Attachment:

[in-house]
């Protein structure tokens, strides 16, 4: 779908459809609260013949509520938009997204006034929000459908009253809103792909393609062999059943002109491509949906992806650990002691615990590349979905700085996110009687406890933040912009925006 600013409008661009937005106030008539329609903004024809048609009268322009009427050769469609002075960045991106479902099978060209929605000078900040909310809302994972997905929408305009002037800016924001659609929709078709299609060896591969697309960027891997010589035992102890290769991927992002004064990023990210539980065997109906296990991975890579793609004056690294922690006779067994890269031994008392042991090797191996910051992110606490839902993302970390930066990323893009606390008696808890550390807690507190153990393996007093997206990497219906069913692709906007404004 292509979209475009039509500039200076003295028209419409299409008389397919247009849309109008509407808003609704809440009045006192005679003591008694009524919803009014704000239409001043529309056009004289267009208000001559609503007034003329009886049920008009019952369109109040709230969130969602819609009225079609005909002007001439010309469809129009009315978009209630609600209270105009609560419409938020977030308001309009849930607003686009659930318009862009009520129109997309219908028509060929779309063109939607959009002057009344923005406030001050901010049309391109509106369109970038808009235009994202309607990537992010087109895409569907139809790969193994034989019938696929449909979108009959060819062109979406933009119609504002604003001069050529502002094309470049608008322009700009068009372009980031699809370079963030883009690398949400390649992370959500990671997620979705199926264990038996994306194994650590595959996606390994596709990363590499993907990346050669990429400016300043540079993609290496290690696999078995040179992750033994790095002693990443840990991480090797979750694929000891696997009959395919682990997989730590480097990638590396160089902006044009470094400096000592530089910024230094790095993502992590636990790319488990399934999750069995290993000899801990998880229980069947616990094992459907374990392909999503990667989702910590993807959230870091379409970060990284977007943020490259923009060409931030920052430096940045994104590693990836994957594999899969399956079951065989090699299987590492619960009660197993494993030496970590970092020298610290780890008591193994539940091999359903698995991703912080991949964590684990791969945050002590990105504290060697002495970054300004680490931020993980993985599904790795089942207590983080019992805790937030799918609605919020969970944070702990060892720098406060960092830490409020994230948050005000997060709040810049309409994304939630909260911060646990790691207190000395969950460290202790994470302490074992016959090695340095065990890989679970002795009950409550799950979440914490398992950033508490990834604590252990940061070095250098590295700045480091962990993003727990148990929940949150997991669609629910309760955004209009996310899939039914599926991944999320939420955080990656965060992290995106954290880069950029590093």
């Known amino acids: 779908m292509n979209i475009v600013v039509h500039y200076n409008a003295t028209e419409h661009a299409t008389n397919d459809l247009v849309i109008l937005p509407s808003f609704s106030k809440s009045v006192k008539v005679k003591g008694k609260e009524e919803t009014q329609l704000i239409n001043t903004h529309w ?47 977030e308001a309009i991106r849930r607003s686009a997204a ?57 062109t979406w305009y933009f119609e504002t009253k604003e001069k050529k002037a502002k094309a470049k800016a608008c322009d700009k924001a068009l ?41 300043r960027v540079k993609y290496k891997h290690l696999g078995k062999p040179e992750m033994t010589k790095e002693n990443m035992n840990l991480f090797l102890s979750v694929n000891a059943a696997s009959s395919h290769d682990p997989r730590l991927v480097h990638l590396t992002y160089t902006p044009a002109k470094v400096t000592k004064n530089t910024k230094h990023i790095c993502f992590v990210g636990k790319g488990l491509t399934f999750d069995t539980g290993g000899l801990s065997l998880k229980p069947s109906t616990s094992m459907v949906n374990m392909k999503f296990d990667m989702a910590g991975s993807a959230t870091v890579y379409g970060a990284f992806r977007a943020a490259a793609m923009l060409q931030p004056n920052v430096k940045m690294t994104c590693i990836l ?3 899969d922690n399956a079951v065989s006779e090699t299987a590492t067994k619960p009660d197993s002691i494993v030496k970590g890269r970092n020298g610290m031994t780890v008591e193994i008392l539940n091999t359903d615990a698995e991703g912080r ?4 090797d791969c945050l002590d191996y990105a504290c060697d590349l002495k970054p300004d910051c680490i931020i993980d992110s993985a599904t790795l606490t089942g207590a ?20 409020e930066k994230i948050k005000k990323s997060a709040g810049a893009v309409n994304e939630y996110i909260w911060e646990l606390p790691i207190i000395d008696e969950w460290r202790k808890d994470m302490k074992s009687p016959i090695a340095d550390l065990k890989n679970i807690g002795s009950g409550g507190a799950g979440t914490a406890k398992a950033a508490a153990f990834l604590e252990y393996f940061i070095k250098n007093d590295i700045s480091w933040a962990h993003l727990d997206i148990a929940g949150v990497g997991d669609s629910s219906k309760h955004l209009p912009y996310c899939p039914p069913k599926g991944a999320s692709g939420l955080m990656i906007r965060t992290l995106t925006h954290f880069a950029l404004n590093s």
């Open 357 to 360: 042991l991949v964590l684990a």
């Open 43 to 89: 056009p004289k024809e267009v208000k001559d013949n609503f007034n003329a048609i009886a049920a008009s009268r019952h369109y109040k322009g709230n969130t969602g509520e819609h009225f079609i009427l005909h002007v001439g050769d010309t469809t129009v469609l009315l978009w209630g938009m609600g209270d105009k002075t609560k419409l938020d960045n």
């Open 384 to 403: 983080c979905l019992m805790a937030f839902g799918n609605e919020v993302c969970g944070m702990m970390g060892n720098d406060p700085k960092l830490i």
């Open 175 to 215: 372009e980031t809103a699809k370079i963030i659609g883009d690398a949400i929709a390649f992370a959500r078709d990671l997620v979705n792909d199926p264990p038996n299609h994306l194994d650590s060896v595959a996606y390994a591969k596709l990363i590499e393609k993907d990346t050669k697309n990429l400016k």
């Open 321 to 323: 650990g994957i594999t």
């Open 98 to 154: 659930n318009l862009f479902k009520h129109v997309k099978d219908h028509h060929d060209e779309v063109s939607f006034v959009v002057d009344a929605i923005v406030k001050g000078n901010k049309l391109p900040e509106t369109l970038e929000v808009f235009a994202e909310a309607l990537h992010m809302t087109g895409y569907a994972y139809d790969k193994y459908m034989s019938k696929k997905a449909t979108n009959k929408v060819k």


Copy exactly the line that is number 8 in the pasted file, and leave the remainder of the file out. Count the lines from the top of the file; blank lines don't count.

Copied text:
């Open 321 to 323: 650990g994957i594999t």